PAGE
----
Recently a row broke out between Welsh Assembly member Neil McEvoy and his Plaid Cymru colleagues over the question of whether tenants of social housing properties (council and housing association) should be allowed - under certain conditions - to buy their homes as is the case in England.

Mr. McEvoy believes that tenants should have that right, but Plaid is ganging up with the Labour Party to bring an end to the right to buy in Wales because it reduces the social housing stock.
[Reducing would be welcome in places such as Rhyl West where we have too many Pennaf/Clwyd Alyn Housing Association properties.]

Private landlords can pitch their properties down or up market according to demand, but General Purposes social housing remains only for the comparatively deprived. Therefore it keeps poorer communities from being anything other than poor.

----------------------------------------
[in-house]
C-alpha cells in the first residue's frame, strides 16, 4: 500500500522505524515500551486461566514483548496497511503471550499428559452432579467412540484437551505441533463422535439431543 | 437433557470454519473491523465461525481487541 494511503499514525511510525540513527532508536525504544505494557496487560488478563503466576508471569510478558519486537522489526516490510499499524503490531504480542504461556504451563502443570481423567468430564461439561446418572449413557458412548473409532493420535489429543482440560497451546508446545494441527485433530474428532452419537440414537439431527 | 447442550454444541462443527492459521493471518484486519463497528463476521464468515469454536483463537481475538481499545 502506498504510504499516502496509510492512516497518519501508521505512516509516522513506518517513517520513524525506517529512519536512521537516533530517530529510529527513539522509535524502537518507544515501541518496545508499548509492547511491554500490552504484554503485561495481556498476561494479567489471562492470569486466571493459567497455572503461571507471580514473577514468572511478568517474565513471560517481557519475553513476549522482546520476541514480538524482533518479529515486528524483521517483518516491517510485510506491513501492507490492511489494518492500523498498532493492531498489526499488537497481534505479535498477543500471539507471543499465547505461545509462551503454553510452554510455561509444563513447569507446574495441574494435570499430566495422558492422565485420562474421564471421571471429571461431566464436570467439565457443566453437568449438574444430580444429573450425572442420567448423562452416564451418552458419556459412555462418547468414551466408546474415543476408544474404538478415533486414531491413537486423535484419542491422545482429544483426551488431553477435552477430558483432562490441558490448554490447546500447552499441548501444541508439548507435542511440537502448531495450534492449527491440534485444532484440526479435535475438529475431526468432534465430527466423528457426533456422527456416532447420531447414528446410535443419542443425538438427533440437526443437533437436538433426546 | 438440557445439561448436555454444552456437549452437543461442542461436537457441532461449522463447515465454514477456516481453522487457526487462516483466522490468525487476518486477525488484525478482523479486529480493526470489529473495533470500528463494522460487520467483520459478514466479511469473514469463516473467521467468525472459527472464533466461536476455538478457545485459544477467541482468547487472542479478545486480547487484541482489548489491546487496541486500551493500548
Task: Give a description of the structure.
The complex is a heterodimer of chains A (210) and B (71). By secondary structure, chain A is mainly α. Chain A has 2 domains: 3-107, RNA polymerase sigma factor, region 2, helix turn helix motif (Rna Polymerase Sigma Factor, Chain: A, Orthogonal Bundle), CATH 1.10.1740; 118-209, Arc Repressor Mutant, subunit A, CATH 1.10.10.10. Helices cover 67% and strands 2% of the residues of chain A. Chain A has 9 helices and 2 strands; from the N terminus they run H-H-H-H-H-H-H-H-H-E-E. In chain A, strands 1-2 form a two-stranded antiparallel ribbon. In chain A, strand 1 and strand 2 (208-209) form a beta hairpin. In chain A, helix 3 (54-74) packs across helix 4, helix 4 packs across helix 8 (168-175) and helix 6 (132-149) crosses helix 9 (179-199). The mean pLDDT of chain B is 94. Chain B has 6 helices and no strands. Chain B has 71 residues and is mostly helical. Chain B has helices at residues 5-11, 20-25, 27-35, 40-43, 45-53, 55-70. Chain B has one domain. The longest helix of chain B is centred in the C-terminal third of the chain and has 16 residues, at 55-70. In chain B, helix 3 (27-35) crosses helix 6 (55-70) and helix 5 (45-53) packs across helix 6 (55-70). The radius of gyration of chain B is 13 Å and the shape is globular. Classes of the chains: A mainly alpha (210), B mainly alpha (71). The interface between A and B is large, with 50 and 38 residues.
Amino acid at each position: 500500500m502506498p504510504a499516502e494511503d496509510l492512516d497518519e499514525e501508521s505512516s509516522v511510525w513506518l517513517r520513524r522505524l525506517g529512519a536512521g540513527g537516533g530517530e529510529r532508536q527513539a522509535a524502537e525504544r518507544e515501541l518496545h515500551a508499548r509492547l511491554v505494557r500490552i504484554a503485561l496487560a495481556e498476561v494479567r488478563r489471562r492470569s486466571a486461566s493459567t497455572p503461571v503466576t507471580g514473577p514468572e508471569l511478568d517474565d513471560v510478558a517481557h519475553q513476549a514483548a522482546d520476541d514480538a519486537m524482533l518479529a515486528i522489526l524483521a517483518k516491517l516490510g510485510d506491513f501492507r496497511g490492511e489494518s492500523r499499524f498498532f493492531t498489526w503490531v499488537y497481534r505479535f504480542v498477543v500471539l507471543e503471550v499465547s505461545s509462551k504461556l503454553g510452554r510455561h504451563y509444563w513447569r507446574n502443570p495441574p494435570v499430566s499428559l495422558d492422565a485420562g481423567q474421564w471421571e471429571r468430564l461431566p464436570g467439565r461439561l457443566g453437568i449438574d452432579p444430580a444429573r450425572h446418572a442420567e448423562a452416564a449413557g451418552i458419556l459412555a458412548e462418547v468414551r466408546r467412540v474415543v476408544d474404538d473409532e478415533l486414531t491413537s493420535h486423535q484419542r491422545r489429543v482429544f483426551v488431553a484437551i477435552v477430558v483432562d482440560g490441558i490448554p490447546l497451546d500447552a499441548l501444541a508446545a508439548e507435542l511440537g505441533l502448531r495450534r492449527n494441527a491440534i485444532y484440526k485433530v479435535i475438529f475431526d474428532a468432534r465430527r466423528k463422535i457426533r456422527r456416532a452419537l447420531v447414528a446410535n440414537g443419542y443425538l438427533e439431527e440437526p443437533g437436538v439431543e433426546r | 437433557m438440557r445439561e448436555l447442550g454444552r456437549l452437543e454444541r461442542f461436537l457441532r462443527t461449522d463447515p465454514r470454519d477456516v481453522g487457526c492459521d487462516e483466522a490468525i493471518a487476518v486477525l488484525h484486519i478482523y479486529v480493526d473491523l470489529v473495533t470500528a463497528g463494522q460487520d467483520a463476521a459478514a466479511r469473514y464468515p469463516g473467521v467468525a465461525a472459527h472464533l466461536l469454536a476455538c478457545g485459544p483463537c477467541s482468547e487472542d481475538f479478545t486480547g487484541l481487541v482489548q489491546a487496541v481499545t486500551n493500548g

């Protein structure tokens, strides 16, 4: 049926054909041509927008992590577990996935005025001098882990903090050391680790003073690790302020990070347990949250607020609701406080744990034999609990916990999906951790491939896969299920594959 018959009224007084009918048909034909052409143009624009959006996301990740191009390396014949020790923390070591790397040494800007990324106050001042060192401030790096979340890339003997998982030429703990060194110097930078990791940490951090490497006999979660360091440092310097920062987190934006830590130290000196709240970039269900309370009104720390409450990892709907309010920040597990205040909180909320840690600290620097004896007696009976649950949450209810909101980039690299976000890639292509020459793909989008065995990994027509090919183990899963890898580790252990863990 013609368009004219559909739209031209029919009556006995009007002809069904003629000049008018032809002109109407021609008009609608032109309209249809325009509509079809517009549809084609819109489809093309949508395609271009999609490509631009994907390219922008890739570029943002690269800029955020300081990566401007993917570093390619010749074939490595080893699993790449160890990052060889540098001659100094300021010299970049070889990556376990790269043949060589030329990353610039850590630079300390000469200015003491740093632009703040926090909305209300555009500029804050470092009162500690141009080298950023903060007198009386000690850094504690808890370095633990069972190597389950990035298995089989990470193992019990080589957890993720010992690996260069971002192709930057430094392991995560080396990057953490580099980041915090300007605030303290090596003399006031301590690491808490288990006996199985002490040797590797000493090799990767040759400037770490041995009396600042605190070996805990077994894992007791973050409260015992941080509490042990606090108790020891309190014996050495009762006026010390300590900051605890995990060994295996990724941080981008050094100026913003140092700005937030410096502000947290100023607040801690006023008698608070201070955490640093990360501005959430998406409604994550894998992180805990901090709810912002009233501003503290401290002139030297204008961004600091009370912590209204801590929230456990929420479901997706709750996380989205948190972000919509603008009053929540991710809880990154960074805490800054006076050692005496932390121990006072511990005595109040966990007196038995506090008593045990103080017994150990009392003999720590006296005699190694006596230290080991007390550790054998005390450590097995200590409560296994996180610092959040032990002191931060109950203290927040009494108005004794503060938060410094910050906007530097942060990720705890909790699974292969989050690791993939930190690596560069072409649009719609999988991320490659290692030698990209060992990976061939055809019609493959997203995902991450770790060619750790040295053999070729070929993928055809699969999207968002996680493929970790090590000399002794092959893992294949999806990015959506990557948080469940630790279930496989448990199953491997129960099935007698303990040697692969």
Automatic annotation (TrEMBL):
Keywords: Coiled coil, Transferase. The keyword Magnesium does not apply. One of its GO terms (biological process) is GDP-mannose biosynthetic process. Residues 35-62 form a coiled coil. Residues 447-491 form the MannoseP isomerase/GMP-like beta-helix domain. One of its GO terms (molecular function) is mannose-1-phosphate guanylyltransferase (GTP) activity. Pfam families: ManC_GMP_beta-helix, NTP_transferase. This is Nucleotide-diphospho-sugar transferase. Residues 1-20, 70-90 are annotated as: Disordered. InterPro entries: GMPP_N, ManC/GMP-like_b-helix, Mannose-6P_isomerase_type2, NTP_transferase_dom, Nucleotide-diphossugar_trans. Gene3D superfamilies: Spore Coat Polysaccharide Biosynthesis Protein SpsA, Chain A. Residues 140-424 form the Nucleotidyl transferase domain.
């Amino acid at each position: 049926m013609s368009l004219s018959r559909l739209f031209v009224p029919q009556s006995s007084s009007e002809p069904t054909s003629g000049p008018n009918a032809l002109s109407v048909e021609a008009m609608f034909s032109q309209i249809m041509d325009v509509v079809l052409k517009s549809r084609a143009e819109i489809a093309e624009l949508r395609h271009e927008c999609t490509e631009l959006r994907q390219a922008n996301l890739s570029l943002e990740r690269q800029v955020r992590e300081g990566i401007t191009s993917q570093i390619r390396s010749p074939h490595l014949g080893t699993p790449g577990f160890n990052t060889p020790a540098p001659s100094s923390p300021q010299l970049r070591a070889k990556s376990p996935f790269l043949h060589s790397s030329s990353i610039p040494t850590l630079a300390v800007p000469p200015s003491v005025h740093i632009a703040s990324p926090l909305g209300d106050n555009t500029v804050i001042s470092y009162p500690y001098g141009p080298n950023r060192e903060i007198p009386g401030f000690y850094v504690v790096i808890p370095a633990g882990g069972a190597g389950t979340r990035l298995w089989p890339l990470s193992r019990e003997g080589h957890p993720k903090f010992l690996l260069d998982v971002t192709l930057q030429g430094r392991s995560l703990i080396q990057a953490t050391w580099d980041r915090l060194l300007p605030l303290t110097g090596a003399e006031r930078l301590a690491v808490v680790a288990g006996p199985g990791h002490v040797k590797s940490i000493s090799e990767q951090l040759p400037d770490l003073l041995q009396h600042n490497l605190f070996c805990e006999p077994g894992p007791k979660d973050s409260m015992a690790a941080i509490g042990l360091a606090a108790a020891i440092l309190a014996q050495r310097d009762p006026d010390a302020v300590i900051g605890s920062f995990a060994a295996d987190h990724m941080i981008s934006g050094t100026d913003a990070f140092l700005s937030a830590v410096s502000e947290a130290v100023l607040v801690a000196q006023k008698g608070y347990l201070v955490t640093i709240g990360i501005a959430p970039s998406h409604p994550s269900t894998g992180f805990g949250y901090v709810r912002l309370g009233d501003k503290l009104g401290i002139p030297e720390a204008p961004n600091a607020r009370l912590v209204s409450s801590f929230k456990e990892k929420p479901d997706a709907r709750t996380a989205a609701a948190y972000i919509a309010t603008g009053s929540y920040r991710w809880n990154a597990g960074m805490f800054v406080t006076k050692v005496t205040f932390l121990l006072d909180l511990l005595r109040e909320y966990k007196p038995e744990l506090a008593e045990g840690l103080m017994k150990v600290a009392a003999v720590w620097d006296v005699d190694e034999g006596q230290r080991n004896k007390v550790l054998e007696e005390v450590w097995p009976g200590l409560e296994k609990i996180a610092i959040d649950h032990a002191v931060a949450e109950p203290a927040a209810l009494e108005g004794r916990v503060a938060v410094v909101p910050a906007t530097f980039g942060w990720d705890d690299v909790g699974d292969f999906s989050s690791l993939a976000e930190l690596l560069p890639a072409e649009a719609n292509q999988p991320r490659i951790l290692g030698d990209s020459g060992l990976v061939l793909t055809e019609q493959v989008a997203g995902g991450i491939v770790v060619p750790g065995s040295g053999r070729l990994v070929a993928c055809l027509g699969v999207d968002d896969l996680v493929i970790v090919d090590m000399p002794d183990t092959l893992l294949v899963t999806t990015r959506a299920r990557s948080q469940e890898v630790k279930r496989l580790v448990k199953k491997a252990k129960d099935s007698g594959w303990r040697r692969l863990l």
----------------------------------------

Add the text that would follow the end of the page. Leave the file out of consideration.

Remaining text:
[That suits the Labour Party because tenants of social housing, if they vote at all, are most likely to vote Labour.]

I have been the tenant of a Pennaf/Clwyd Alyn Housing Association flat for 16 years and would not wish to own it under any circumstances - wouldn't even want it as a gift - but I don’t believe there should be a law to prevent others from buying theirs.

Those of us in Wales who voted to have our own government did not expect that twenty years later we would have one ready to pass a law that left us with fewer legal rights than people who happen to live in England.
Welsh Assembly members need to tread carefully here.


Sunday, 17 September 2017


Last Sunday I posted this photo of a slice of Rhyl townscape. The question: What might you have found here in the 1960s?

The answer is a hotel.
The photo shows corner of Kinmel Street and Elwy Street where Mrs. B.C. Black presided over 'The Central' hotel/guest house/B&B. Her description of the place as being two minutes from the prom and sea might have been a tad optimistic - but that's how landladies tended to be.